On many ships, inside and outside cabins are usually the same size, the difference being that one has a porthole or picture window to let in natural light. Balcony cabins can also be the same size as standard insides and outsides, with the addition of the outdoor space on the verandah; sometimes the interior space is larger. A basic cabin, regardless of category, is referred to as a “standard” unless there is something about it that makes it different (such as physical layout, being handicapped accessible or a designated family cabin). With mini-suites and above, you get bigger and bigger indoor and outdoor spaces.
For many travellers, the decision on what type of cabin to get is directly related to price. Who wouldn’t go for the huge suite if price were no obstacle? Yet it can be tricky to decide whether a balcony is worth the upgrade from a standard outside, or which suite to choose. Here are a few size-related considerations to take into account.
Do you need a balcony? Cruise travellers who spend all their time in the public areas — sun decks, lounges, restaurants — or on shore may be perfectly happy with standard-size cabins and no private outdoor space. Those who love to lounge quietly on their own veranda or have private room-service meals outdoors will surely want balconies. Don’t forget to take your itinerary into account; on a chilly-weather cruise, you might not be spending too much time outside, so depending on how much space and light you need, a balcony might not be worth the splurge.
Cruise Ship Dining: What is the Difference Between Traditional and Open Seating?
Cruise ship dining has always been part of leisure cruising’s storied past. From an ocean liner’s elegant dining rooms complete with dazzling chandeliers to the more relaxed buffet-style restaurants on Lido decks, it is well-known that you can always eat, and eat well, on a cruise vacation.
Until recently, dining on a cruise was fairly predictable. You had your classic first (5:30-6pm) and second (8-8:30pm) seatings, along with a more casual dining venue available.
But, fortunately, cruise lines are constantly transforming, bringing their fresh and exciting innovations to the cruise industry. The focus shifted to cruise ship dining and now your static, traditional first and second seatings are suddenly out of date – with ‘open’ seatings, speciality restaurants, and spa-like eateries taking over.
Typically, when you confirm your cruise reservation you select the traditional early (6pm) or late (8-8:30pm) dining time based upon personal preference. You dine in the main dining room at the same time each evening, at the same assigned table, with the same table mates and server.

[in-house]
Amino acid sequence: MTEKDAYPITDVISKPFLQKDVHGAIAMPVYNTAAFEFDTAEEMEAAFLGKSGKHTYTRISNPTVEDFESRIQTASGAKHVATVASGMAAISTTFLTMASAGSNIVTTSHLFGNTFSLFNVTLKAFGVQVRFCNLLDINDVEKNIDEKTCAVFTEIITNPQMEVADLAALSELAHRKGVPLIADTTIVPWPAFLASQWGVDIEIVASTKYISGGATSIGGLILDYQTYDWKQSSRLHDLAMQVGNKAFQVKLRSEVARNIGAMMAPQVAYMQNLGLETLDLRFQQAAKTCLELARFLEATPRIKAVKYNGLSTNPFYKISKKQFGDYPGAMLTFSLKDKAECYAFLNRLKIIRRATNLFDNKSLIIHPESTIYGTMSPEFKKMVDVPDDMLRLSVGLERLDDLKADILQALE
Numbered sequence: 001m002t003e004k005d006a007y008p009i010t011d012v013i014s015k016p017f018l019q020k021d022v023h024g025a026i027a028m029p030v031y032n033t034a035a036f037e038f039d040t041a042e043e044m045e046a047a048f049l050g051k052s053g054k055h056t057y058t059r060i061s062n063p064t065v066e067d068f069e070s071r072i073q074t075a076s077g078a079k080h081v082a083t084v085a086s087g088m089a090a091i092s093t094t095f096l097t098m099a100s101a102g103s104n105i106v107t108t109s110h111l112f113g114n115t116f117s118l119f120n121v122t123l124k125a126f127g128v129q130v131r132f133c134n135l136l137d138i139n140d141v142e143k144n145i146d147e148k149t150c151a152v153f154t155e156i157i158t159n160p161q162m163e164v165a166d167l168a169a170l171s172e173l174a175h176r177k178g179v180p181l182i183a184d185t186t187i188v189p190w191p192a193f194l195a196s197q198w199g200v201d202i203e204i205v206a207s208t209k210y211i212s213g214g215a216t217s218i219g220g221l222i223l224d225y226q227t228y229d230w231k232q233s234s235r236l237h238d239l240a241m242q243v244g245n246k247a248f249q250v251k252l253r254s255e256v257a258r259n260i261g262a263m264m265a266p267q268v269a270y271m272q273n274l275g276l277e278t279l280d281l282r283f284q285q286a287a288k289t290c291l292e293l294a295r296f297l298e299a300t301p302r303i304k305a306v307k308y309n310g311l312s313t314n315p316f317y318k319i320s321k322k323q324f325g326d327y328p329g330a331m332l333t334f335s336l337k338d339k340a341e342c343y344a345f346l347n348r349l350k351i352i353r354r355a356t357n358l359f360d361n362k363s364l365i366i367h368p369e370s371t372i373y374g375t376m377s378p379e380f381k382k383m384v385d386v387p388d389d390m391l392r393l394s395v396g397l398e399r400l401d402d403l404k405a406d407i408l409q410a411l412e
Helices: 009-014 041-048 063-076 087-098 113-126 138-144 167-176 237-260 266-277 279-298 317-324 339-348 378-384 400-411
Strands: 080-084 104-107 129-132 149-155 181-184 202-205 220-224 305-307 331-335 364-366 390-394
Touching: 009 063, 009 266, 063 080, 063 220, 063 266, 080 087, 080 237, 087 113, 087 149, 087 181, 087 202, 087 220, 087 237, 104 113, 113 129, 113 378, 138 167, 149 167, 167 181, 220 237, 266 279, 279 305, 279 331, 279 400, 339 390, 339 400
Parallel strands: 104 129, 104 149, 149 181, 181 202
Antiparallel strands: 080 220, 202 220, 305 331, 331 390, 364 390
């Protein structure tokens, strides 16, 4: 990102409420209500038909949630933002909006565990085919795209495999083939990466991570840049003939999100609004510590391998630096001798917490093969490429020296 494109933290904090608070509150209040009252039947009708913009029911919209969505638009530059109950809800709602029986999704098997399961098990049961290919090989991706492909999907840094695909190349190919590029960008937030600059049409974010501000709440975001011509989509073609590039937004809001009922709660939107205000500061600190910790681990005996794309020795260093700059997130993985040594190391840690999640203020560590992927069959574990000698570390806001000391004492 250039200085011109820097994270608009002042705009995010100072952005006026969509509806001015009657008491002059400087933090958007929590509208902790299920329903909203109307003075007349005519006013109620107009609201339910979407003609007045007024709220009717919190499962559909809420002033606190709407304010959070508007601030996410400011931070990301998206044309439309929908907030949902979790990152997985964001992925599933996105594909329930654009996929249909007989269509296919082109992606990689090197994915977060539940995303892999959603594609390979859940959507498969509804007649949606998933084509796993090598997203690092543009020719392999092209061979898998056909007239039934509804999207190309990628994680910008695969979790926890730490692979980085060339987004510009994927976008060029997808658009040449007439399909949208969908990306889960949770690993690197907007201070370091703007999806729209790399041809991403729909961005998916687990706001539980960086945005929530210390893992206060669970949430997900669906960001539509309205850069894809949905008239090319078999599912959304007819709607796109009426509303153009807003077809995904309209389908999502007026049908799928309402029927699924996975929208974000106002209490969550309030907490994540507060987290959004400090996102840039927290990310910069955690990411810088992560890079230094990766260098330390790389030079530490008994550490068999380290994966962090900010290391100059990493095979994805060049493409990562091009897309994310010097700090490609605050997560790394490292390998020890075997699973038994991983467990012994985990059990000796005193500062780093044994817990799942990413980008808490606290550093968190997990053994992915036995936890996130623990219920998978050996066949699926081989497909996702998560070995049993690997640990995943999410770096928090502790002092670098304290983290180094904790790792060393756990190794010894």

A traditional dining time has many advantages in addition to its rich history:
- Your meal time is not up in the air. You do not need to remember to make a reservation or discuss what time to eat dinner each day. You just know what time to be ready to go and enjoy.
- Your server is good, very good, and will remember if you like to have exactly 1 ½ Diet Cokes before you even order your meal. You can bet there will be exactly 1 ½ Diet Cokes waiting for you at your seat for the duration of the cruise.
- You are assigned to a particular table with other passengers, with table sizes ranging from 4-10 guests. This, also, is a classic piece of cruise history. Cruising is a very social vacation; it allows you the opportunity to meet life-long friends. Many of those friendships made at sea have started at the dinner table.
While the traditional seating options are popular with many, one of the biggest revolutions to cruise ship dining was Open Seating.
If you choose open seating for your cruise ship dining, this simply means you have an open dining time.
- You are able to visit the Main Dining Room whenever you’d like, usually between the hours of 5:45pm-9:30pm.
- Similar to restaurant-style seating, you approach the dining room and ask for a table for 2, or however large your party may be. You are able to dine alone, or be seated with other guests.
- This style of seating provides wonderful flexibility. If you’d like to stay in port a little longer, take a nap, or have a little extra time at the pool – so be it. You don’t have to be anywhere.
- With the flexibility, you lose a little familiarity. Your server will change each evening (unless you make a specific request for the same person, there might be a wait) and you will not be sitting with the same guests.
- There may be a short wait at popular dinner times, but you are able to call down and make a reservation each evening if you have an idea of when you would like to have dinner.
Depending on your cruise ship, along with your choices in the Main Dining Room you can have upwards of 10-15 alternative dining venues including options that are included in the cruise fare and those that are an additional fee.
And don’t forget about the 24 hour room service!
Whatever you’re craving, whatever time you’re craving it, you’re sure to find it on your next cruise vacation.